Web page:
Eph expression in different subsets of CD34+-derived DCs generated in vitro and of skin Langerhans cells isolated ex vivo. Cord blood CD34+ progenitors were cultured in the presence of GM-CSF, SCF, TNF-α, and 2.5% AB+ human serum. At day 6, CD1a+ and CD14+ precursors were sorted by flow cytometry and recultured with GM-CSF and TNF-α for 6 additional days. The presence of Eph transcripts in the 2 purified subsets was compared to total CD34+-derived DCs (DC TOT, corresponding to unsorted cells). cDNA was prepared from basal cells and from Langerhans cells, freshly isolated from normal skin. RT-PCR was carried out under standard conditions using 50 ng cDNA for 40 cycles. All cDNA samples were normalized according to the results of β-actin PCR amplification of 21, 28, and 35 cycles (only the amplification of 28 cycles is shown). Results are representative of 3 independent RT-PCR samples.

Figure 2.

Eph expression in different subsets of CD34+-derived DCs generated in vitro and of skin Langerhans cells isolated ex vivo. Cord blood CD34+ progenitors were cultured in the presence of GM-CSF, SCF, TNF-α, and 2.5% AB+ human serum. At day 6, CD1a+ and CD14+ precursors were sorted by flow cytometry and recultured with GM-CSF and TNF-α for 6 additional days. The presence of Eph transcripts in the 2 purified subsets was compared to total CD34+-derived DCs (DC TOT, corresponding to unsorted cells). cDNA was prepared from basal cells and from Langerhans cells, freshly isolated from normal skin. RT-PCR was carried out under standard conditions using 50 ng cDNA for 40 cycles. All cDNA samples were normalized according to the results of β-actin PCR amplification of 21, 28, and 35 cycles (only the amplification of 28 cycles is shown). Results are representative of 3 independent RT-PCR samples.

Expression of EphA and EphB protein is regulated during DC differentiation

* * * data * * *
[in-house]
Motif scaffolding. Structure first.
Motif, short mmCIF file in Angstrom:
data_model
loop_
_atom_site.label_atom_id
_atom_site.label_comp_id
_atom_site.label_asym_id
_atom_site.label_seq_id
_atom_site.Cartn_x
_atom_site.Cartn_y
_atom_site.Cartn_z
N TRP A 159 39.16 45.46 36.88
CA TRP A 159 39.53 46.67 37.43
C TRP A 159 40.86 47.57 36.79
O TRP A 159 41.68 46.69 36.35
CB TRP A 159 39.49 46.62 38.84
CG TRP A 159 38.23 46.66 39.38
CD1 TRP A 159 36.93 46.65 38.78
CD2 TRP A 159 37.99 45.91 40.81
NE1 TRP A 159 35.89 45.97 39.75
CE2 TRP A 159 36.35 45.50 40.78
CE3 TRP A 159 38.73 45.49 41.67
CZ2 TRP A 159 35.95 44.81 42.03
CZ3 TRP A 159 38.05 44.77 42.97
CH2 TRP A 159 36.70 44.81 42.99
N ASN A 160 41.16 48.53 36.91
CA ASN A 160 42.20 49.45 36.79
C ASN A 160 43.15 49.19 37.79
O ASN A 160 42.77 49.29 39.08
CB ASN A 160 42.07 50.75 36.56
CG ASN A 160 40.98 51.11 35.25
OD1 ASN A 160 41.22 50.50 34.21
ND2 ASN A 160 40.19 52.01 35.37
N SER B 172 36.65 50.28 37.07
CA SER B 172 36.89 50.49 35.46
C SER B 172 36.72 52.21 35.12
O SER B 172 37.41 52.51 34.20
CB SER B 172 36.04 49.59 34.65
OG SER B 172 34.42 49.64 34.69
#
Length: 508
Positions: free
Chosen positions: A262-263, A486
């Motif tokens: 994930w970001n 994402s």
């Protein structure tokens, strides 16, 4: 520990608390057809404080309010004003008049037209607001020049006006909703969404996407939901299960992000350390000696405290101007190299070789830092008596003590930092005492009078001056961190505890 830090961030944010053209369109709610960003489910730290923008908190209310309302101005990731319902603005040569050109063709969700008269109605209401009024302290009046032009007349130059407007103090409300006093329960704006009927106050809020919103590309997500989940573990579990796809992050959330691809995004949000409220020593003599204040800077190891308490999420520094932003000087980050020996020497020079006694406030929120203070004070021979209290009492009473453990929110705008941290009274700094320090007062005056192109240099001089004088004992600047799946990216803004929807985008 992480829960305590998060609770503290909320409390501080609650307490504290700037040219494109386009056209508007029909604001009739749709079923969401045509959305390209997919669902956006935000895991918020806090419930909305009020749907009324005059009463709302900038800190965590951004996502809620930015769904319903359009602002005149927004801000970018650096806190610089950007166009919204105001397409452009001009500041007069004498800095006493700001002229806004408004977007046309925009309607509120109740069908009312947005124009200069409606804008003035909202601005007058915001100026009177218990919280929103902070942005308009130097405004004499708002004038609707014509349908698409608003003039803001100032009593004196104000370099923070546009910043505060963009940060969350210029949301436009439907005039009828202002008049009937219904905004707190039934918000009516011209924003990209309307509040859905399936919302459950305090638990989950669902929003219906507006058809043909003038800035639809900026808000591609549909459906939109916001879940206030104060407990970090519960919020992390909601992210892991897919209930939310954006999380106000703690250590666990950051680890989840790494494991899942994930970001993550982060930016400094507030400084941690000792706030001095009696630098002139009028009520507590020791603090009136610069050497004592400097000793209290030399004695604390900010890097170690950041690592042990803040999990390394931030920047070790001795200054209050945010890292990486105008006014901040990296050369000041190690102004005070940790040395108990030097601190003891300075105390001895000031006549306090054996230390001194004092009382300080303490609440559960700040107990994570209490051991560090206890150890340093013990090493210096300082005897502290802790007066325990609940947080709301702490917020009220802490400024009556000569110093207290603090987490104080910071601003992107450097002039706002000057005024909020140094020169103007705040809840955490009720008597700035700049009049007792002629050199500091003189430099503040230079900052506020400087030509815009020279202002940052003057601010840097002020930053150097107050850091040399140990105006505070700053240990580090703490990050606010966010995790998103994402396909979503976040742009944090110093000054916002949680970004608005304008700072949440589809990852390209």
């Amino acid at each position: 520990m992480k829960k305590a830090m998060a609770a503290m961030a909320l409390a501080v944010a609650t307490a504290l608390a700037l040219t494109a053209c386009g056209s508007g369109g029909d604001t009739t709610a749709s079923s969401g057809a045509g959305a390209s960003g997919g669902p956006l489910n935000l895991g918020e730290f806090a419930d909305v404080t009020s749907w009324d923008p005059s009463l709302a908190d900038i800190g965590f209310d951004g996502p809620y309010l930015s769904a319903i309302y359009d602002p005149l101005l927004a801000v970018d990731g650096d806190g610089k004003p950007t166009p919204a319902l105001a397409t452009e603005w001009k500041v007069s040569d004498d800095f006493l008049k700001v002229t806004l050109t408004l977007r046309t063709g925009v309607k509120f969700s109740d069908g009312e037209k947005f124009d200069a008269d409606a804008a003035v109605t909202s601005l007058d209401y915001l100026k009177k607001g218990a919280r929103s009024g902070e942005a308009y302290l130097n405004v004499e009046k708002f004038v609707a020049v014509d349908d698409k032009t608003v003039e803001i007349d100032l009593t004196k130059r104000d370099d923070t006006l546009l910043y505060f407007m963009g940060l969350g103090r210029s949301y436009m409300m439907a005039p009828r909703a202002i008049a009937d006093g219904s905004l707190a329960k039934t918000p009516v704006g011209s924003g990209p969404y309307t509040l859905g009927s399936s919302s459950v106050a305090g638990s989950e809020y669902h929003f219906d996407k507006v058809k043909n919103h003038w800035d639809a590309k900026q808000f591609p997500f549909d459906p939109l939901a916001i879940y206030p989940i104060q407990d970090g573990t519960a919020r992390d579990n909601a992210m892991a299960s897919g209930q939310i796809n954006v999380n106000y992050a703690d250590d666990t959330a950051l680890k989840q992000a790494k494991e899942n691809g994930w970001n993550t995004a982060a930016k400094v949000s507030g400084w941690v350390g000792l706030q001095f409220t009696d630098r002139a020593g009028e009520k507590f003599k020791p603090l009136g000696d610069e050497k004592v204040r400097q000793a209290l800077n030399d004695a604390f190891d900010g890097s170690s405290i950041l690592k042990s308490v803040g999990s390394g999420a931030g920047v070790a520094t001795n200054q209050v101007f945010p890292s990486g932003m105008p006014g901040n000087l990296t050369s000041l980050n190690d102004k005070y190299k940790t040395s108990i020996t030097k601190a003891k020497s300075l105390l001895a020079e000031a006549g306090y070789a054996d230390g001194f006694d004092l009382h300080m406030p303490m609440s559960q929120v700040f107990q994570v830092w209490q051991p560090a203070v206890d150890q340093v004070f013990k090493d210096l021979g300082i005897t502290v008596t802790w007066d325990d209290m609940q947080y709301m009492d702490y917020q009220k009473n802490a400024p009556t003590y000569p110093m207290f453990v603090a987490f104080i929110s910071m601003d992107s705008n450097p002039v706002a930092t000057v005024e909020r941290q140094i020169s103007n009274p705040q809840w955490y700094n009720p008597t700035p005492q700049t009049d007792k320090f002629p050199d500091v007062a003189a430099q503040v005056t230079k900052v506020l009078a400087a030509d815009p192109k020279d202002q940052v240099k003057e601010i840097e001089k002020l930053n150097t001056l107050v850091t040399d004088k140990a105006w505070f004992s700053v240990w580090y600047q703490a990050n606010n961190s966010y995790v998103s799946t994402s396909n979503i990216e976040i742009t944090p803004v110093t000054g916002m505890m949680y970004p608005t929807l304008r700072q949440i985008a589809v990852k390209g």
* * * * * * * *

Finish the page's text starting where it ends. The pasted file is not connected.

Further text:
To study the overall expression of Eph proteins during the culture of human CD34+ cord blood progenitors with GM-CSF and TNF-α, we next used a biotinylated ephrin-A3-Fc fusion protein (composed of the extracellular domain of ephrin-A3 fused to the Fc fragment of a human IgG1) and a biotinylated ephrin-B3-Fc fusion protein. Indeed, because of the considerable promiscuity in interactions among ephrin ligands and Eph receptors, ephrin-A3 can interact with multiple EphA receptors, in particular EphA3 and EphA2, with high affinity and with EphA7, EphA5, and EphA4 with decreasing affinity. Ephrin-B3 can interact with EphB1, EphB2, EphB3, and EphA4 with a wide variation in affinity.11  In agreement with the RT-PCR data (Figure 1), flow cytometry analysis showed weak expression of EphA and EphB proteins (17%-18%) at the immature stage of DC differentiation (Figure 3, day 6). Expression of EphA and EphB further increased during DC differentiation until days 11 to 12. Indeed, the expression of EphA was optimal at days 11 to 12 of DC culture (88% and 79%, respectively), and the expression of EphB increased from day 10 to day 12 (56%-77%) (Figure 3). The expression of EphA and EphB was down-regulated by further activation of the cells by LPS (only 8%-13% of expression at day 14). Cell maturation was controlled by the increased binding of CTLA4-Fc to CD80/86 during DC differentiation (day-10 mean fluorescence intensity [MFI], 274; day-12 MFI, 605; day-13 unactivated MFI, 1297; day-13 activated MFI, 1608; values for the representative experiment in Figure 3). Based on the RT-PCR results, the binding of ephrin-A3-Fc is likely to be primarily mediated through the interaction with EphA2. Furthermore, in agreement with the RT-PCR results, we did not find a significant expression of EphA or EphB in monocyte-derived DCs obtained from culture of monocytes with GM-CSF and IL-4 for 6 days (data not shown). The specificity of Eph expression in cultured CD34+-derived DCs was also studied using FACS analysis or immunocytochemistry with a rabbit polyclonal antibody specific for an EphA2 intracellular epitope. EphA2, absent at the immature stage of DC differentiation (day 6), was induced during DC differentiation (days 10-12) (Figure 4A). EphA2 expression at the DC cell surface was additionally shown by staining nonpermeabilized DCs with an mAb specific for EphA2 (Figure 4B). Double staining showed that the EphA2+ cells expressed CD1a and major histocompatibility complex (MHC) class II, confirming that a significant proportion (46%) of DCs generated in vitro expressed EphA2 at day 12 of culture (Figure 4C). Moreover, EphA2+ cells expressed a low level of CD86 and HLA-DR, reflecting their relatively immature stage (Figure 4C). In addition, immunocytochemistry showed that day-12 CD34+-derived DCs were stained with the anti-EphA2 polyclonal antibody (Figure 4D). The specificity of anti-EphA2 polyclonal antibody was demonstrated by inhibition of staining by the peptide used for immunization. Because of the lack of specific reagents, we have been unable to confirm EphA7 and EphB3 expression by FACS analysis or immunocytochemistry. Consistent with the RT-PCR results, we demonstrated the presence of EphA and EphB at the surface of DCs generated in vitro and identified EphA2 as one of the molecules recognized by the ephrin-A3-Fc fusion protein in DCs.